Here's the problem. I have no idea how they came up with these numbers. I can't possibly evaluate the quality of their data to know whether it's believable or not. Clearly the Nature referees thought it was good enough to publish. Those referees must be experts in this kind of analysis. Can someone out there help me understand the quality of this analysis? Here's the description of their method.
We obtained 4,122 one-to-one orthologous genes from the gene family analysis (Supplementary Information, section 4.1). The protein sequences of one-to-one orthologous genes were aligned using MUSCLE48 with the default parameters. We then filtered the saturated sites and poorly aligned regions using trimAl (ref. 49) with the parameters “-gt 0.8 –st 0.001 –cons 60”. After trimming the saturated sites and poorly aligned regions in the concatenated alignment, 2,128,000 amino acids were used for the phylogenomic analysis. The trimmed protein alignments were used as a guide to align corresponding coding sequences (CDSs). The aligned protein and the fourfold degenerate sites in the CDSs were each concatenated into a super gene using an in-house Perl script.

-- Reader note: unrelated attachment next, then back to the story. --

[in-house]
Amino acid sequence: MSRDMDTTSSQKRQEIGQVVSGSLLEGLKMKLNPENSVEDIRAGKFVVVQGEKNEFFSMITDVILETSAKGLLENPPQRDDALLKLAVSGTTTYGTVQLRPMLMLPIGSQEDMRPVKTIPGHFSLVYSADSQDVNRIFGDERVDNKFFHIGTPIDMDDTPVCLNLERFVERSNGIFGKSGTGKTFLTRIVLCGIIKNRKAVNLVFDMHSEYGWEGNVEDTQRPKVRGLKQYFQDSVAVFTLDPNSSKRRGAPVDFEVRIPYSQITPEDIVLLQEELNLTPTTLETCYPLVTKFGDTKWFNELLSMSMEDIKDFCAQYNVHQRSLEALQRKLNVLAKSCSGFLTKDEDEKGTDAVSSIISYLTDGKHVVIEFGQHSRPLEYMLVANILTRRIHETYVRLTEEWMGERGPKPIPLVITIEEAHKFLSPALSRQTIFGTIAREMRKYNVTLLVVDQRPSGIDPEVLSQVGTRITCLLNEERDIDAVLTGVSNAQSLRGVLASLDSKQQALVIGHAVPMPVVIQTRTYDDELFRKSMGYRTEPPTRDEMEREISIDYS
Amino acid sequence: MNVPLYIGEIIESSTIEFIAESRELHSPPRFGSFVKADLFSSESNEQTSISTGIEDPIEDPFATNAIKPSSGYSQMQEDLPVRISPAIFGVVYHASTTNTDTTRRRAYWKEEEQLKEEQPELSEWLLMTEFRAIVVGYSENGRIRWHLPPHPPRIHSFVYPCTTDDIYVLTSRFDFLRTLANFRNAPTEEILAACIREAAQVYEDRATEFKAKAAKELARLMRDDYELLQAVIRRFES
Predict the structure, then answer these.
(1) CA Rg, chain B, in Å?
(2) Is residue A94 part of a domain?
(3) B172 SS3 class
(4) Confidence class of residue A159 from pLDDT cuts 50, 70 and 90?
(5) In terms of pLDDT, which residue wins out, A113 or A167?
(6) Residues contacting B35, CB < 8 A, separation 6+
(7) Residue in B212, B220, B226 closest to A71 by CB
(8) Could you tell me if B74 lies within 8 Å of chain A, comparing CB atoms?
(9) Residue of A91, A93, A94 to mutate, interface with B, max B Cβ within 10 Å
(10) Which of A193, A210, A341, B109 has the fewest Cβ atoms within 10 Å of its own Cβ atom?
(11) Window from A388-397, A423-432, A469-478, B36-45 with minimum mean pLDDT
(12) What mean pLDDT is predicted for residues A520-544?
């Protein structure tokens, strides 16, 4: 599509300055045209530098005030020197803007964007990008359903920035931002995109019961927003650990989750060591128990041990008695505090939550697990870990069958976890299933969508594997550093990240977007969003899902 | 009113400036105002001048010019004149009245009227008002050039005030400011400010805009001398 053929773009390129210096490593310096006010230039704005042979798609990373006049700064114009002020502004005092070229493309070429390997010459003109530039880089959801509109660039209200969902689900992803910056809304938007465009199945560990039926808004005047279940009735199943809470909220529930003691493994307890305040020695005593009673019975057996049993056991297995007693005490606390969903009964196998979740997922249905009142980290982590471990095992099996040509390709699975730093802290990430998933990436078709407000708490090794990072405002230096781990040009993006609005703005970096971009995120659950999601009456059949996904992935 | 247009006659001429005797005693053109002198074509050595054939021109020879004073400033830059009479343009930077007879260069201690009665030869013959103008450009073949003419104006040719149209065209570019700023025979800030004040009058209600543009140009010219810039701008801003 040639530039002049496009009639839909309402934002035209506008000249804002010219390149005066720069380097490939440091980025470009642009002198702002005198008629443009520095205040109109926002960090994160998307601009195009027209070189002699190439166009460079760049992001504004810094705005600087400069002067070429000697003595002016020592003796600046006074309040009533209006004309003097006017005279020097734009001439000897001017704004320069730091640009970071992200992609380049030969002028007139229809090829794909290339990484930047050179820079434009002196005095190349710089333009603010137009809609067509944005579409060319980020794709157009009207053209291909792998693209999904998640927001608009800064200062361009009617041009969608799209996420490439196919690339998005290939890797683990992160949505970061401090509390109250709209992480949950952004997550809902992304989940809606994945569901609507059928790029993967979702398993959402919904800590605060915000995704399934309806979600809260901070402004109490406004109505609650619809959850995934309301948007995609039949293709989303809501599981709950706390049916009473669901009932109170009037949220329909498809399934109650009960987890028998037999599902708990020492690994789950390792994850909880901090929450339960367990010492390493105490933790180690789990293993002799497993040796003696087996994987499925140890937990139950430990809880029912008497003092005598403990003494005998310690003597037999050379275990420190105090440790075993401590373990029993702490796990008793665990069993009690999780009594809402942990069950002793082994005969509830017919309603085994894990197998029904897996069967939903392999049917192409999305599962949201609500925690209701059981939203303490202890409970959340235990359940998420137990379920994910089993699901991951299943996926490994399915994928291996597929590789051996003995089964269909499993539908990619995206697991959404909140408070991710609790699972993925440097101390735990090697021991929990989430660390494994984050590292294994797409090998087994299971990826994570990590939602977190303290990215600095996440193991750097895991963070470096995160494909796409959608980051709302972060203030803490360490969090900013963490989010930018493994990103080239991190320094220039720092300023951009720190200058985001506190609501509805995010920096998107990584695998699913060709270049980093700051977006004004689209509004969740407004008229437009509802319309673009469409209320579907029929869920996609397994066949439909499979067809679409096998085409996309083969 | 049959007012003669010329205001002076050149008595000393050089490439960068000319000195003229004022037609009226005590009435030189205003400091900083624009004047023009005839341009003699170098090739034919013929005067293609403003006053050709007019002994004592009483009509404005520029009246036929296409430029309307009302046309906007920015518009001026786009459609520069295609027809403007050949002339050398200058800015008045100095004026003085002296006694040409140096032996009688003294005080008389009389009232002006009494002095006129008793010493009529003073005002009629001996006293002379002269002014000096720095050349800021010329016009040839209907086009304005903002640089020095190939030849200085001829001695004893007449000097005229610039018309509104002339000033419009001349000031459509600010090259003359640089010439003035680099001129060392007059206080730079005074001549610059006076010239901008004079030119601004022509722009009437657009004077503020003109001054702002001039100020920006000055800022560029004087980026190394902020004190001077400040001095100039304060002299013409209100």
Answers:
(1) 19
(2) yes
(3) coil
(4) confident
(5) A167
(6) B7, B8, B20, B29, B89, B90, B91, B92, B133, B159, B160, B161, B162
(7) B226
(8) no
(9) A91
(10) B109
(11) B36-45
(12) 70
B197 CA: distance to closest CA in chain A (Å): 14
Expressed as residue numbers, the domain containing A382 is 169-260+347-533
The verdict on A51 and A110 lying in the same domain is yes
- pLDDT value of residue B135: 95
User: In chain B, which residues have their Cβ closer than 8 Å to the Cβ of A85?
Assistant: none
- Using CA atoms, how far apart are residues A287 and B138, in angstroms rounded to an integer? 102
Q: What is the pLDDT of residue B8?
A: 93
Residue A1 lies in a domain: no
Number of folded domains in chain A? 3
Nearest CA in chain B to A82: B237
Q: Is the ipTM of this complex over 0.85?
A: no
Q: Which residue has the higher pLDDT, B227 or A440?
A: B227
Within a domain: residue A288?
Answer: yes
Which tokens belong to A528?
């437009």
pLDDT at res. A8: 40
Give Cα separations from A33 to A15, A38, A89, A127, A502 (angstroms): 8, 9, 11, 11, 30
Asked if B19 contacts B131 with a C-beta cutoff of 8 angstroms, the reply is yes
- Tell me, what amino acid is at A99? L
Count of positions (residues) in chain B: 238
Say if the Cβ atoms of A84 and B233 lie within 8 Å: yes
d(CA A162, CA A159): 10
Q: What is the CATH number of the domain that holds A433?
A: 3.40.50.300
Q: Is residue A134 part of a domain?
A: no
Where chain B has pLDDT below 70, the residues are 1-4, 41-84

The phylogenomic tree was reconstructed using RAxML version 8.1.19 (ref. 50) based on concatenated protein sequences. Specifically, we used the PROTGAMMAAUTO parameter to select the optimal amino acid substitution model, specified spotted gar as the outgroup, and evaluated the robustness of the result using 100 bootstraps. To compare the neutral mutation rate of different species, we also generated a phylogeny based on fourfold degenerate sites. The phylogenomic topology was used as input and the “-f e” option in RAxML was used to optimize the branch lengths of the input tree using the alignment of fourfold degenerate sites under the general time reversible (GTR) model as suggested by ModelGenerator version 0.85 (ref. 51). We calculated the pairwise distances to the outgroup (spotted gar) based on the optimized branch length of the neutral tree using the cophenetic.phylo module in the R-package APE52. The Bayesian relaxed-molecular clock (BRMC) method, implemented in the MCMCTree program53, was used to estimate the divergence time between different species. The concatenated CDS of one-to-one orthologous genes and the phylogenomics topology were used as inputs. Two calibration time points based on fossil records, O. latipes–T. nigroviridis (~96.9–150.9 million years ago (Mya)), and D. rerio–G. aculeatus (~149.85–165.2 Mya) (http://www.fossilrecord.net/dateaclade/index.html), were used as constraints in the MCMCTree estimation. Specifically, we used the correlated molecular clock and REV substitution model in our calculation. The MCMC process was run for 5,000,000 steps and sampled every 5,000 steps. MCMCTree suggested that H. comes diverged from the common ancestor of stickleback, Nile tilapia, platyfish, fugu, and medaka approximately 103.8 Mya, which corresponds to the Cretaceous period.